If the state is willing to pay any price, California can get LNG imported, but to make it as economic as possible requires a lot more work, said Larson, noting that Sempra's Costa Azul supplies will help somewhat electric generation needs in Southern California, but the bulk of the gas will be used for power generation in Mexico or go north to the Arizona-California border interconnection at Erhenberg, AZ.
So in terms of growth in the region, something else [beside the North Baja terminal] is needed," Larson said. "And our project is right offshore Los Angeles." Larson indicated that Woodside is talking with the Los Angeles Dept. of Water and Power (LADWP), Sempra utilities and Southern California Edison, as well as a lot of other prospective gas buyers.
He thinks federal officials are interested in seeing a site permitted by the end of next year, and Woodside likes that time frame, but the local hearing process, which is sure to bring continued opposition, is scheduled to begin Sept. 26 at a hotel near Los Angeles International Airport, near where the regasified LNG would come ashore from its 28-mile-long underwater pipeline in Santa Monica Bay. Larson conceded the local permitting by the City of Los Angeles may take longer than the U.S. Coast Guard year-long process, however.
"The idea here is to deliver gas by the last quarter of 2012 or the first three quarters of 2013 -- that's what is in our application [to the U.S. Coast Guard and the City of Los Angeles]," said Larson, adding that Woodside most likely will begin expanding its California staff to start detailed engineering work next year. Its plans are relatively simple from an energy infrastructure standpoint.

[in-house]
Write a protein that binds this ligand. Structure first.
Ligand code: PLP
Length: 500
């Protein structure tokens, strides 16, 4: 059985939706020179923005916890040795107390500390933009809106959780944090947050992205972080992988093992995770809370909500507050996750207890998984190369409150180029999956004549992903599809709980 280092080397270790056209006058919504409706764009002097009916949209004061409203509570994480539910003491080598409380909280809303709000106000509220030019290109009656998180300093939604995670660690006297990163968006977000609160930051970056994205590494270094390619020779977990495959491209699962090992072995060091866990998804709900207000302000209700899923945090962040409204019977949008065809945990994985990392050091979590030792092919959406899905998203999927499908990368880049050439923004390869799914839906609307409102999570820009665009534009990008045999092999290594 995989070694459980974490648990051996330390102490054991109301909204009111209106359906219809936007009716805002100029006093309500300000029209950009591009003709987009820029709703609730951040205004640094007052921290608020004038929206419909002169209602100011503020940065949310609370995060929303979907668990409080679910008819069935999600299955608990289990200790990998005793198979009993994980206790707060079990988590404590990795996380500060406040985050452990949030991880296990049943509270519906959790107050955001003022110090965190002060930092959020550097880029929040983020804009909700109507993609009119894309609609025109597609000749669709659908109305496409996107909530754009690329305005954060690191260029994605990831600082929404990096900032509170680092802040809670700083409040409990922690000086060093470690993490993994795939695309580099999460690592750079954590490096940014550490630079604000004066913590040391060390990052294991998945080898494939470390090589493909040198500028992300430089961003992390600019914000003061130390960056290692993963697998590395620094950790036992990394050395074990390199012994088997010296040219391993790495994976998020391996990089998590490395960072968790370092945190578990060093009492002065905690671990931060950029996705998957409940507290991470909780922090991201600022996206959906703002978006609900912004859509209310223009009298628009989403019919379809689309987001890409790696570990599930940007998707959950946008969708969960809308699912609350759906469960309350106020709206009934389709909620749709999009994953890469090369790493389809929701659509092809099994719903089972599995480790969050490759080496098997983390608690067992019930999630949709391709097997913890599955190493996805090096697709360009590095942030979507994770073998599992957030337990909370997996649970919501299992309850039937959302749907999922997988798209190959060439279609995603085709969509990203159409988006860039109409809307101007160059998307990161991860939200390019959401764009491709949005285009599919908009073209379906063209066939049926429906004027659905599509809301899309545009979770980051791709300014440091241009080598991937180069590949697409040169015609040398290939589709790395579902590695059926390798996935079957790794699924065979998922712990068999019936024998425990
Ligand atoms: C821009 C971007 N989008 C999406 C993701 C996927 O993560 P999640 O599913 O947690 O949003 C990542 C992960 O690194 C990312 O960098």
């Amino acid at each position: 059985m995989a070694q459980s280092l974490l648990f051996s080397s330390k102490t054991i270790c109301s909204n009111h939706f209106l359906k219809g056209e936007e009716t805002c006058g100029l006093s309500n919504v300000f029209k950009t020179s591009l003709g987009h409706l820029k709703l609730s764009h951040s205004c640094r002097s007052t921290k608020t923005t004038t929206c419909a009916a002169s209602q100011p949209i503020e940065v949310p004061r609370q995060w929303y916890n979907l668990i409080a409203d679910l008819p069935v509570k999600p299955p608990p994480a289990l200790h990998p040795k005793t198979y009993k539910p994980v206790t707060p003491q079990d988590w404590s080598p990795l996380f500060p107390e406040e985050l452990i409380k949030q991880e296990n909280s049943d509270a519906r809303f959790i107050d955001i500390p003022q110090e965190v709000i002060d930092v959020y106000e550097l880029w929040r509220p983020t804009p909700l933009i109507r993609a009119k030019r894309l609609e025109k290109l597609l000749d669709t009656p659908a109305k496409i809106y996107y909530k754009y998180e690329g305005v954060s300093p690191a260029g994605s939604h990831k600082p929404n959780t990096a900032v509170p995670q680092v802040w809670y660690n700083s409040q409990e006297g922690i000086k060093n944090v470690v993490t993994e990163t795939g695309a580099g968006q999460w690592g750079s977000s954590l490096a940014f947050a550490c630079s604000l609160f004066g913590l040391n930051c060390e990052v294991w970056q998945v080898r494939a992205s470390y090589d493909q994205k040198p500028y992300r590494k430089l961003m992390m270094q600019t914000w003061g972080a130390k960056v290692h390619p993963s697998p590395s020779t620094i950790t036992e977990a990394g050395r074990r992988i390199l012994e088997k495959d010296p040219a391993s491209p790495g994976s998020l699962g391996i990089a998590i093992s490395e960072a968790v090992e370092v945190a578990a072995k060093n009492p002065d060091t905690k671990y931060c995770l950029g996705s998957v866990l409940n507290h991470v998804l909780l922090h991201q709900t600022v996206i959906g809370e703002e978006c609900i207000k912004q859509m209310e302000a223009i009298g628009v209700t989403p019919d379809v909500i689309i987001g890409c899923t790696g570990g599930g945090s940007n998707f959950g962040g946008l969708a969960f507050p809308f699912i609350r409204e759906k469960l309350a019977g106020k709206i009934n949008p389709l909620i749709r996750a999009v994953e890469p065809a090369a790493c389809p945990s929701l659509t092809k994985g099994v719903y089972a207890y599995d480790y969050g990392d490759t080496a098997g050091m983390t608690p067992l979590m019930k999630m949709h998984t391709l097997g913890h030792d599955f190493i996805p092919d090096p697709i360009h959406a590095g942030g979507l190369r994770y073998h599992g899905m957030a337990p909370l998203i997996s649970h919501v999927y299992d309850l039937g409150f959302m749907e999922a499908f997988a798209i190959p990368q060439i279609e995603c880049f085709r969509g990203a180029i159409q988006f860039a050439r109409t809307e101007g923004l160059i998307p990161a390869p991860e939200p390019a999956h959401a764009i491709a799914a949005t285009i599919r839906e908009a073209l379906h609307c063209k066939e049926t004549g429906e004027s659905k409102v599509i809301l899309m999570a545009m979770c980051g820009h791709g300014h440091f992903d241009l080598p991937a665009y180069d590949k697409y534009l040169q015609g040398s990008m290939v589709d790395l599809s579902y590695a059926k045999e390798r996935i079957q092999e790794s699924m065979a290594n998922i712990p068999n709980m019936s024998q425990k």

"Our target date is a real commitment because we are using these specially designed [regasification] ships, which will be a modification of existing ones. When the permitting process is done, we need to have two ships to begin commercial operations."
The key for Woodside is an underwater buoy system that Larson said is not new, but will involve a new variation of the technology, sitting 150 feet below the surface of the water where one of the regasification ships will come and attach to it. Then the ship works over a period of days to transform the LNG back into its gaseous state -- using air, not seawater -- and into the undersea natural gas transmission pipeline that will be attached to the buoy and onshore to the SoCalGas transmission pipeline system.
Other active offshore proposals involve more infrastructure, although Clearwater Port banks on having to only convert an existing offshore structure -- as opposed to building new structures, and another offshore proposal south of Long Beach by Esperanza Energy LLC, a unit of San Antonio-based Tidelands Oil & Gas Corp., would link to an onshore gas-fired electric generation plant, of which there are several located in the Long Beach-Huntington Beach area. A horizontally drilled tunnel buried 100 feet under the beach would provide a conduit for water, communications and electrical lines to serve the offshore terminal while also providing an artery in which to run an undersea natural gas pipeline for bringing the LNG in gaseous form to shore.
Clearwater is in the midst of its environmental review, and Esperanza said it hopes to file an application by the end of this year.
Woodside is counting on the more unobtrusive aspects of its subsea pipeline and buoy. "When the ship is not there you can't see anything, and even when the ship's there, it's 28 miles offshore," Larson said. "We're going to be good to the whales and we're located five miles down from the shipping lanes."
All of the gasification takes place at sea and the gas is brought onshore through a subsurface tunnel under the beach and Los Angeles city streets. Horizontal drilling will be used both from the beach offshore and from that point inward to reach the interconnection point.
"There will be a California Coastal Commission approval required because we go under the beach," Larson said, "and we expect that it will be one of the hardest permits to get." The coastal panel last April rejected an offshore LNG terminal proposal by another Australian resources company, BHP Billiton.